The United States and the Philippines want to move forward with a bilateral free trade deal, said the Philippines Department of Trade and Industry (DTI).
The consensus followed a visit to the Philippines on Wednesday, May 23 by Deputy United States Trade Representative (USTR) Jeffrey Gerrish and his delegation to further trade and investment ties between the two countries.
Meeting with Gerrish on the Philippine side were Finance Secretary Carlos Dominguez III, Trade Secretary Ramon Lopez, and Agriculture Secretary Emmanuel Piñol.
“President Trump has made clear his commitment to the Indo-Pacific region, and the United States values our very important trade relationship with the Philippines,” said Gerrish.
“Greater engagement on trade and investment will benefit both countries, and we look forward to resolving outstanding issues and exploring the best arrangement for strengthening and expanding our trade relations,” he added.
Acknowledging the opportunities already in place under the current Trade and Investment Framework Agreement (TIFA), Lopez said, “We are looking forward to exploring a free trade agreement with the U.S.,” added Lopez.
“Meanwhile, we can simultaneously pursue low-hanging opportunities like the existing TIFA and the privileges under the Generalized System of Preferences (GSP) of the U.S.,” added Lopez.
Under the GSP, the Philippines currently benefits preferential duty-free entry to the U.S. Last year, GSP exports accounted for 17 percent of PH exports to the U.S., valuing at $1.492 billion. Lead exports included tires, electronics, sugar, and fruit and vegetable juices.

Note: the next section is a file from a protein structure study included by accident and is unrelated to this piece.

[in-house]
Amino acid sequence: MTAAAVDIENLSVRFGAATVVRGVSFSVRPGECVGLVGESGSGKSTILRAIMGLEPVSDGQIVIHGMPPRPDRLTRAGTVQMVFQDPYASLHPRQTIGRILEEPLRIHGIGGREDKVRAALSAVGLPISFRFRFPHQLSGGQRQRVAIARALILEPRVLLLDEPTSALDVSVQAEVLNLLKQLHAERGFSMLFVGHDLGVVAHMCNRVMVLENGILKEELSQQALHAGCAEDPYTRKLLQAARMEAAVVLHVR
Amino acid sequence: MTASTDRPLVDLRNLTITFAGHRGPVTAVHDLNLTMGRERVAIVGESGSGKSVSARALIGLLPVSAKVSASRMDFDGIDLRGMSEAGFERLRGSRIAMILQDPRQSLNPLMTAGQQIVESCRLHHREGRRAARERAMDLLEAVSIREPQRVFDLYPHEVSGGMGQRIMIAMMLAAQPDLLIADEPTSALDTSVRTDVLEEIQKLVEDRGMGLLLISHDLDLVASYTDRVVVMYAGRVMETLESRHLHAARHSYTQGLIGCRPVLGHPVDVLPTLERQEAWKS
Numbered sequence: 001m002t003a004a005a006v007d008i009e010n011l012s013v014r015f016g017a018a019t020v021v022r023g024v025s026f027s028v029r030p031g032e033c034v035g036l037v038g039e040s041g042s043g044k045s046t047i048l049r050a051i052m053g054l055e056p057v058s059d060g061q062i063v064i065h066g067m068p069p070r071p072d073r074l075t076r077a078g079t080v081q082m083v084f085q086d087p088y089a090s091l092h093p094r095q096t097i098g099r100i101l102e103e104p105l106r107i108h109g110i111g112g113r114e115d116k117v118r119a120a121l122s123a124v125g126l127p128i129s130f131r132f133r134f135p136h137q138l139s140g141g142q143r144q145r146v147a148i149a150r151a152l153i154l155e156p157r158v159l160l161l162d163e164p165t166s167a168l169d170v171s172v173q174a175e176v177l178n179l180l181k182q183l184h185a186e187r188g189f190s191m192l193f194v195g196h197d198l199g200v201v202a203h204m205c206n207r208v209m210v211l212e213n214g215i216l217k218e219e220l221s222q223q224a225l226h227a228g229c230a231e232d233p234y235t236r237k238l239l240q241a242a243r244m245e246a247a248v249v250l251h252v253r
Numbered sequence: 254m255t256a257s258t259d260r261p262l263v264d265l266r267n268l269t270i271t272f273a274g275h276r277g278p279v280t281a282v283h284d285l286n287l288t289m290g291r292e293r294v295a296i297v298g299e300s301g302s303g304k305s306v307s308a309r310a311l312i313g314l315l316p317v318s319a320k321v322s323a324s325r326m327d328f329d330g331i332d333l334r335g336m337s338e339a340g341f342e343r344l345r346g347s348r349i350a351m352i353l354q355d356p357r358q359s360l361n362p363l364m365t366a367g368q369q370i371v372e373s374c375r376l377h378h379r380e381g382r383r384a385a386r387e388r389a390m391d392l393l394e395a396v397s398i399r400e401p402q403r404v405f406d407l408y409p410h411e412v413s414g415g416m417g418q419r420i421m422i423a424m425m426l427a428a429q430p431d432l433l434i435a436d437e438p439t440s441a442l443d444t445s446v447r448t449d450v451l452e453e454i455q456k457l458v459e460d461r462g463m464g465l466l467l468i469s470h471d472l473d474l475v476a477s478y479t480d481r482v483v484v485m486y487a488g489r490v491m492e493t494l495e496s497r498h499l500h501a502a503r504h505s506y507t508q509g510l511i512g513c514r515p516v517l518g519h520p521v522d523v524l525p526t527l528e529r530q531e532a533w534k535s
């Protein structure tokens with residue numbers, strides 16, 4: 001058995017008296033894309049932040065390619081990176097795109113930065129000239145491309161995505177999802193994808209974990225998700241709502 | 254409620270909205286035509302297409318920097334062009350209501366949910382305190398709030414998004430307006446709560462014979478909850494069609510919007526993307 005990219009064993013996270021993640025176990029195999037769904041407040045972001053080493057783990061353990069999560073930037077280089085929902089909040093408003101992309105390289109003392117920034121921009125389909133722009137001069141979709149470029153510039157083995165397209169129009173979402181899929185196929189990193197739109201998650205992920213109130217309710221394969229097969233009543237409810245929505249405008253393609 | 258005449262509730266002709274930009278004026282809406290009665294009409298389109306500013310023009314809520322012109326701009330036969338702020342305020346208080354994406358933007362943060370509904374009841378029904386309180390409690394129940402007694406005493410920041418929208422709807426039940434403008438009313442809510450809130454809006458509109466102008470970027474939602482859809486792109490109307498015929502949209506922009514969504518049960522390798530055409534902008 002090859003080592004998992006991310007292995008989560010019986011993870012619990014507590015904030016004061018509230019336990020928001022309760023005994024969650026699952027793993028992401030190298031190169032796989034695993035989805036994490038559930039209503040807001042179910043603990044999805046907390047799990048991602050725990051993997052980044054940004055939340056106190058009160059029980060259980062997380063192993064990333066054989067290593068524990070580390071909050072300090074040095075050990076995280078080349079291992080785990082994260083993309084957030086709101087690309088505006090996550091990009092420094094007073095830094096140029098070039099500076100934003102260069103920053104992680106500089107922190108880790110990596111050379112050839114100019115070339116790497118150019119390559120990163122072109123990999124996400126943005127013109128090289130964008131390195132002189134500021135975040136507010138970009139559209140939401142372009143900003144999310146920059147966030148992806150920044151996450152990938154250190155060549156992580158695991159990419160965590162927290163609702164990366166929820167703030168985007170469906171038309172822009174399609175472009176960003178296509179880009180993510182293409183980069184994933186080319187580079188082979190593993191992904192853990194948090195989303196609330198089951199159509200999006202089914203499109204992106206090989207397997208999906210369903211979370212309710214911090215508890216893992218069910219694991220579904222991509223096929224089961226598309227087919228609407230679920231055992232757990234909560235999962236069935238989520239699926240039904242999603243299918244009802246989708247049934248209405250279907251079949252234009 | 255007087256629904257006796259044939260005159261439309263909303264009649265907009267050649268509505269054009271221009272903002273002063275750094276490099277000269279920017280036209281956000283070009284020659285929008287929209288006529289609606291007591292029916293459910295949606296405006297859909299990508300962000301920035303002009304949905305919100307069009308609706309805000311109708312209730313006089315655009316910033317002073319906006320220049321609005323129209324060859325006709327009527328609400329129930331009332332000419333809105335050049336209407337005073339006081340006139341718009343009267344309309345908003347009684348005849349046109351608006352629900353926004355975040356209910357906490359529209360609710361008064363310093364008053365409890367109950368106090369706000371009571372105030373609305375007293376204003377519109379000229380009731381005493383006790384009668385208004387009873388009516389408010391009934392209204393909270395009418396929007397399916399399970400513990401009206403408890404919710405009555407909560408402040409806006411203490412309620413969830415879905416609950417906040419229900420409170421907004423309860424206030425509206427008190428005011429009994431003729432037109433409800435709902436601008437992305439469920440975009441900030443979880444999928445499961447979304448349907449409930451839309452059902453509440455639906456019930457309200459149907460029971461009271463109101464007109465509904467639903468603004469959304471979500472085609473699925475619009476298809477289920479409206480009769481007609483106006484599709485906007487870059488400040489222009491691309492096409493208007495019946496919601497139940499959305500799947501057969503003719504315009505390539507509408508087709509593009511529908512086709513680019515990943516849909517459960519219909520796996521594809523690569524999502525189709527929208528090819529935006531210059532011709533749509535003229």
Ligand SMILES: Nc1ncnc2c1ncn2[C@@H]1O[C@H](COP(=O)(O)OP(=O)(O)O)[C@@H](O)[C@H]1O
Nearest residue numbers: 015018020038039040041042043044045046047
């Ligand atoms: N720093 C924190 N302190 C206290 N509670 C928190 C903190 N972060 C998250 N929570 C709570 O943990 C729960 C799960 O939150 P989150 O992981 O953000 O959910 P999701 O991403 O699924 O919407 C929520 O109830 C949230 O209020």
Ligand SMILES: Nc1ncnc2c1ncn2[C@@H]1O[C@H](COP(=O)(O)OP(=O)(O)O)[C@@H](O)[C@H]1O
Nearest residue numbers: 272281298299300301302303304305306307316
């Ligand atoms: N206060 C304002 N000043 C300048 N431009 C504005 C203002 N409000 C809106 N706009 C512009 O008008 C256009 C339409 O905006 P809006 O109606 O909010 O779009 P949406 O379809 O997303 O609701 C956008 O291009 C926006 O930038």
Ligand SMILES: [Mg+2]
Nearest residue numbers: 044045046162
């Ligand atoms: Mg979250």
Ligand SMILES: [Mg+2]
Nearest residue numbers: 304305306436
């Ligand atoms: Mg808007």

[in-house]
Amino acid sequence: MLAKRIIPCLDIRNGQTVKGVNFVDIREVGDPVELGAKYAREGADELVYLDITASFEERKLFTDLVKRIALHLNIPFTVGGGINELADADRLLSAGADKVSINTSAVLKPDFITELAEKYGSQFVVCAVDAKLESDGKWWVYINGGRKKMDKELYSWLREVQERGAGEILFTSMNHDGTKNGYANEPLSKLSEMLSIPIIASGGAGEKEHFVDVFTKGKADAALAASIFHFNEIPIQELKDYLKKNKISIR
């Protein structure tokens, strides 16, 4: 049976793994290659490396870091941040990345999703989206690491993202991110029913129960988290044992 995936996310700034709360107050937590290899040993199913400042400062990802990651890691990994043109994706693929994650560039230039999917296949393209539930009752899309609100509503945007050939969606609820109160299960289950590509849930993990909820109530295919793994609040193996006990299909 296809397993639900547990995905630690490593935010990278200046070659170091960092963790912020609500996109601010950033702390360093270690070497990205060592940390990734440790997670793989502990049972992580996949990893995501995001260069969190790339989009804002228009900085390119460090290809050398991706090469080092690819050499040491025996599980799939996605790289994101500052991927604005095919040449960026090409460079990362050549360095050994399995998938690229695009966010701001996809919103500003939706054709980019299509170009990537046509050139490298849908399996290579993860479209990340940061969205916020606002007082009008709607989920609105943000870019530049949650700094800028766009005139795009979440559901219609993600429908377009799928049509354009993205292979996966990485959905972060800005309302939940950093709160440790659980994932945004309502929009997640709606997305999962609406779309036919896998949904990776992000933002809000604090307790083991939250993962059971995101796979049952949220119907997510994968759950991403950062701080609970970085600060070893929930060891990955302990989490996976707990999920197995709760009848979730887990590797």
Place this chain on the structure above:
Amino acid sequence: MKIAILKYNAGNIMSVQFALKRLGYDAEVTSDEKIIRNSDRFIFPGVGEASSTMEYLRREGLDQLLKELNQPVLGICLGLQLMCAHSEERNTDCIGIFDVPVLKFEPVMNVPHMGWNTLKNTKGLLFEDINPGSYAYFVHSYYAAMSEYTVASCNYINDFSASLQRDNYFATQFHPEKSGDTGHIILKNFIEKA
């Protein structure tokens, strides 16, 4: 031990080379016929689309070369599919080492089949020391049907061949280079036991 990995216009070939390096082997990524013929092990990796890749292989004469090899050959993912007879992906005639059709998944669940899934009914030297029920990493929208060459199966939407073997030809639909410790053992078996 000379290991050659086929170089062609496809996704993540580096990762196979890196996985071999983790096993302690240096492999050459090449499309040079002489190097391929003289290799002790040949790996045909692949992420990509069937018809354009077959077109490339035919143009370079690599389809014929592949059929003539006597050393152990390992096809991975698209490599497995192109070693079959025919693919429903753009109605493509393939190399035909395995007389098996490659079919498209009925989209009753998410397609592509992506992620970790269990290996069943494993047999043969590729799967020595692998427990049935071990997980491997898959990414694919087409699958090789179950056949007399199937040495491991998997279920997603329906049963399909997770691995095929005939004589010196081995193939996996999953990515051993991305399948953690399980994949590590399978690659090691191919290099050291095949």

Instead of an annual review, the latest GSP renewal was also made to be effective for three years. It further extended duty-free treatment to travel goods including suitcases, handbags, backpacks, attaché cases, and similar cases and bags. The DTI said it also hopes to add footwear to the list.
“This, in turn, will promote Filipino-made shoes and to encourage foreign shoe manufacturers to locate in the Philippines,” said the DTI in a news release.
In other DTI news, Lopez — who also co-chairs the National Competitiveness Council (NCC) — said he found “hard to believe”, a world competitiveness report that showed the Philippines falling nine notches.
Dropping from last year’s ranking of 41st, the Philippines fell to 50th out of 63 countries in the lastest 2018 World Competitiveness Yearbook — the lowest its ranked since 2014. The country has averaged around 41st or 42nd place annually in the report published by the International Institute of Management Development (IMD).
But taking an optimistic tone, Lopez said, “I believe the fast growth we are having, infrastructure buildup and variou reforms in east of doing business, [as well as the] growing middle class and demographic attractiveness to investors will enable us to improve the rank soon.”